The Syrian Jaccobites have a small empty room, which is not decorated whilst the Ethiopians space is actually outside the Holy Sepulchre. They have a couple of small churches in the grounds and have built a small community which is where the live. As you can imagine all of these groups would like control over the entire church
As further illustration of the distrust between the Christians they had a rule put in place that they couldn't touch one another's possessions. In the 19th century someone climbed up to the second story and put a ladder there, in a section belonging to another Christian group. As the Christians whose property now had the ladder on it, couldn't touch the ladder, it has stayed there for over a hundred years and still can be seen when entering the church. If the Christians cant get on with one another how do they expect the Moslems and Jews to?
From the Church we went to the Moslem quarter very briefly. The guide felt uncomfortable walking through it and the tour soon ended. As we left the tour and went to look for lunch a Kiwi guy approached us and offered us a free tour of the Jewish quarter. Not wanting to pass up this opportunity we followed him around for half an hour as he showed us the sights of the Jewish quarter. Again the differences are astounding. Here most people wear a skullcap and many the black hats and suits. The souvenirs are skullcaps and Jewish Kiddush cups and candlestick holders and I believe are a bit more friendlier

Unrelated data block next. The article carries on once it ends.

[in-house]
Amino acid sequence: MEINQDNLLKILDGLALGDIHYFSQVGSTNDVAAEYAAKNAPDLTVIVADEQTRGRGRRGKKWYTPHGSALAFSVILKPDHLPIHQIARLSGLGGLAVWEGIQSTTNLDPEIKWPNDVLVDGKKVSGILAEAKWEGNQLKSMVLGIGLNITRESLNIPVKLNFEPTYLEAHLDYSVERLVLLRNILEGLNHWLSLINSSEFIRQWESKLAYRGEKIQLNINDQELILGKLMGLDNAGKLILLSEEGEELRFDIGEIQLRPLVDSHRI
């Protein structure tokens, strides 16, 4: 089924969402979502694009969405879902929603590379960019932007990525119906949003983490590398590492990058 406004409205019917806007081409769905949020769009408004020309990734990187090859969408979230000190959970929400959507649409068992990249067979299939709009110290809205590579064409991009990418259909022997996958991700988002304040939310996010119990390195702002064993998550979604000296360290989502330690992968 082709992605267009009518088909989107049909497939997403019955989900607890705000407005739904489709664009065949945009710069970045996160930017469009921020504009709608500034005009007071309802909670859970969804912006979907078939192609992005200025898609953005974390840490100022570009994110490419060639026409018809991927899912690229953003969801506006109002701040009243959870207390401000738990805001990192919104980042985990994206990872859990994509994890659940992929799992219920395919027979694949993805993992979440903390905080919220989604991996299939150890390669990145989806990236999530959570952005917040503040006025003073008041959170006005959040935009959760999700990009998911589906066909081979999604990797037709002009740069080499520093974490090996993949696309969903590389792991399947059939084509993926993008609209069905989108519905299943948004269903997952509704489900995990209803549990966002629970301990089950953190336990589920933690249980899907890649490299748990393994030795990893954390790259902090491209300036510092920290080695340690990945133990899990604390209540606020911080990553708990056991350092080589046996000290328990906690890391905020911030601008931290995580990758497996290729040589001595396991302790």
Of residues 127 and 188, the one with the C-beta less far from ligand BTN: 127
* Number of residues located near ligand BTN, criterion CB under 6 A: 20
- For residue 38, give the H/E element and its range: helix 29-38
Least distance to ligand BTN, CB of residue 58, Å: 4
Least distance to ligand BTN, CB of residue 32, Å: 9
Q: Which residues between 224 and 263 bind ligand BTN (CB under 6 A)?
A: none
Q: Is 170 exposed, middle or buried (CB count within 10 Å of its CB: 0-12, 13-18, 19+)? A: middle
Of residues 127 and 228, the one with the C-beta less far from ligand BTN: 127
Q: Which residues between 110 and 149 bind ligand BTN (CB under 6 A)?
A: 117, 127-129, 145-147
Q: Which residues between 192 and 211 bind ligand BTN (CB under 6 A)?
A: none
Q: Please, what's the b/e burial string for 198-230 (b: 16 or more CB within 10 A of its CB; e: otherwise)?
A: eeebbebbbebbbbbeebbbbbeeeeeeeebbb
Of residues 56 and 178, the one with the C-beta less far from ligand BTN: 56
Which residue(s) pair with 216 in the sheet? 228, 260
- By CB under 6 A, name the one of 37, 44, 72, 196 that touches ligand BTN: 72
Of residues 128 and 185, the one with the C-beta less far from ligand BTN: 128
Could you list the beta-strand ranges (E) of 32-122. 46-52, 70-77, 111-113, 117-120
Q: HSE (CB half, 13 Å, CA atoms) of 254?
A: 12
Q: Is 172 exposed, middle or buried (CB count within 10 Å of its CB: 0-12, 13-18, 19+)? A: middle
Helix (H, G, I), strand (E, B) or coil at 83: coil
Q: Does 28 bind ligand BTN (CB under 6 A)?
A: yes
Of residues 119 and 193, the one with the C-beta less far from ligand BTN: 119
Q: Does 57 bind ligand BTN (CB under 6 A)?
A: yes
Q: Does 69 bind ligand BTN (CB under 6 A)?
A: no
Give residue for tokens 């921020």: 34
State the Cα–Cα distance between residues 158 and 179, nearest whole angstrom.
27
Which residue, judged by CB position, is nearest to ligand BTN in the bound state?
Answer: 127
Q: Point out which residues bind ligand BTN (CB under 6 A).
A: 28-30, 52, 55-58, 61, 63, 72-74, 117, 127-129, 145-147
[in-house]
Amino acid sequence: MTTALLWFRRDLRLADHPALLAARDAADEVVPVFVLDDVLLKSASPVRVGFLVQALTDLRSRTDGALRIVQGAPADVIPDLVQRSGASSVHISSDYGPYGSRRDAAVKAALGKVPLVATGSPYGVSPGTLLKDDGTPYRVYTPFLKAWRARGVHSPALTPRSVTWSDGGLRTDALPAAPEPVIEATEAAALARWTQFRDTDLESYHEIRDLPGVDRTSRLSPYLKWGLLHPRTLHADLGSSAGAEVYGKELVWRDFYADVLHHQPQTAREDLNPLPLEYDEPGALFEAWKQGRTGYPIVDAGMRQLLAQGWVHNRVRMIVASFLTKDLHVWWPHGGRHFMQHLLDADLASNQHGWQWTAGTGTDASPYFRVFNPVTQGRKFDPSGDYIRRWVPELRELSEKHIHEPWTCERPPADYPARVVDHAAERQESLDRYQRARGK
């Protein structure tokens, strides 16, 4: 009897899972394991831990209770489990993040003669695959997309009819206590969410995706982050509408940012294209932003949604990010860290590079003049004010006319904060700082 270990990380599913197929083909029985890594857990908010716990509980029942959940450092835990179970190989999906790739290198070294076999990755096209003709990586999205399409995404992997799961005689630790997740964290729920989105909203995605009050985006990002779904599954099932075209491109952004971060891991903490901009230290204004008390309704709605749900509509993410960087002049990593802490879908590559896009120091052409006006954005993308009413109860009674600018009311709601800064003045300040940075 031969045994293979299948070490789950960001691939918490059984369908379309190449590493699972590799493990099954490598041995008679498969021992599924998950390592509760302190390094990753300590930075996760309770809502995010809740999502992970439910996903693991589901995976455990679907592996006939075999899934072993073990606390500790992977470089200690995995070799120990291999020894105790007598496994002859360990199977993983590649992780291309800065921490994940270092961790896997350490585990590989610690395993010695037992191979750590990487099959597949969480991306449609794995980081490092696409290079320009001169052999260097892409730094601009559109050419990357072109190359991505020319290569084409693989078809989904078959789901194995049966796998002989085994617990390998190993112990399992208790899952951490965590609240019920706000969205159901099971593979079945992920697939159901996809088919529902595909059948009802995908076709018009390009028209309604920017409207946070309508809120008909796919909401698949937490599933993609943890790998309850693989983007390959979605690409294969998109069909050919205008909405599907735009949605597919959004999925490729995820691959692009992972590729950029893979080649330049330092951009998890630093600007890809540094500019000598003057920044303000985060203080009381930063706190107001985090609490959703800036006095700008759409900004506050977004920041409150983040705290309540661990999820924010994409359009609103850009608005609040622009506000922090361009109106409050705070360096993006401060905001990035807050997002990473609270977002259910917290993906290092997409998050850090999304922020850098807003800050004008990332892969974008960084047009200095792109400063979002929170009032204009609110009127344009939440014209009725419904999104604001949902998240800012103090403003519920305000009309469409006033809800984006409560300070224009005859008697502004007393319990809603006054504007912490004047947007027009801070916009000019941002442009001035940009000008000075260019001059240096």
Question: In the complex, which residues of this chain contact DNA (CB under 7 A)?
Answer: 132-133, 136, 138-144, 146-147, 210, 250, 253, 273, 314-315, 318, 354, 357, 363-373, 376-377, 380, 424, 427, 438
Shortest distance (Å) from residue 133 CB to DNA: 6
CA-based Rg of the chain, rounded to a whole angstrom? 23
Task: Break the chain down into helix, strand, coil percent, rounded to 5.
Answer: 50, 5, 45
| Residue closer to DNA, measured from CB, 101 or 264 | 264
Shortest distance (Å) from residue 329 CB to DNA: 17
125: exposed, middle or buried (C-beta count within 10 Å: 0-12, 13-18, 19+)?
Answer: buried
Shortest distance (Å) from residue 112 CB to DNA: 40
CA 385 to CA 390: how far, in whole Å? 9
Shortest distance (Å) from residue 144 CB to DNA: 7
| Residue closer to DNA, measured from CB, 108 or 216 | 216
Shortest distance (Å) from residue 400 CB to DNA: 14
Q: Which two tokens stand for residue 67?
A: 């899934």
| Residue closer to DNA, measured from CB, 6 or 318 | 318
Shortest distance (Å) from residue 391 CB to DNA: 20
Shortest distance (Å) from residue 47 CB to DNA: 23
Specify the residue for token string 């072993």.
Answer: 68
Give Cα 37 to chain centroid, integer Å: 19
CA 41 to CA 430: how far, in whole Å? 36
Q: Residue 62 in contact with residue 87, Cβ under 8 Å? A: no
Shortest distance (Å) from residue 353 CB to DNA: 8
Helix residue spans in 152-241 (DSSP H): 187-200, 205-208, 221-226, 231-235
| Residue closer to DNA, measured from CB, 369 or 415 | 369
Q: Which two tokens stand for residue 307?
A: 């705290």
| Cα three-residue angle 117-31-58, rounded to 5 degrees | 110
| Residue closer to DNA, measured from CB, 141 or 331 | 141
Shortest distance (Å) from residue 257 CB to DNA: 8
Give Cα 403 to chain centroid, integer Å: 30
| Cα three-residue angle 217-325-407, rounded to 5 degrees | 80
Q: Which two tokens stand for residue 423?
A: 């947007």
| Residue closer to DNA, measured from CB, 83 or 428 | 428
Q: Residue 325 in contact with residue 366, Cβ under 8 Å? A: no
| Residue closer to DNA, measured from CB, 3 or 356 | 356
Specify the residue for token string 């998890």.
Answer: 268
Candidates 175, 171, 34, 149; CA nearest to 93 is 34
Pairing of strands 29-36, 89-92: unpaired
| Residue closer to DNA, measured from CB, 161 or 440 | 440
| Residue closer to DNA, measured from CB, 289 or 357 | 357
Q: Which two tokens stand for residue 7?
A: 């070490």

We continued to explore in the afternoon. Last time I was in Jerusalem I tried twice to get to the Dome on the Rock but was unsuccessful so wanted to see it this time. Alas it was not to be third time lucky as approaching it I was stopped by armed guards and told, "this is not for you." I think because it is Ramadan no tourists are allowed into it. We decided to chance our luck and head into the heart of the Moslem quarter. We had been warned it was dangerous but with the amount of army people walking around I thought we would be safe. Deep in the heart there are less stalls aimed at tourists and more for the locals, selling vegetables, fruit and meat. There were are a lot of people staring at us and I must admit I felt a bit uncomfortable at times, especially when groups of young men would say things to me. We soon moved back into the tourist part of Moslem quarter, which was still interesting but probably safer.
In any case it was better than returning to the hostel. Some homeless people have moved in (which is the purpose of the place to provide shelter). It is an admirable cause but a bit disturbing. All sorts of strange people moving around, sleeping on floors and couches and in reception. Fee stuck in the room unable to leave. As I upload this onto the net (yes even the homeless get free internet) there is a Jewish guy with a beard to his knees lying on the floor next to me and snoring. An old guy next to him muttering to himself about God. And a guy with a shaved head and a skull cap listening to heavy metal music very loudly. I guess this is what is called character building.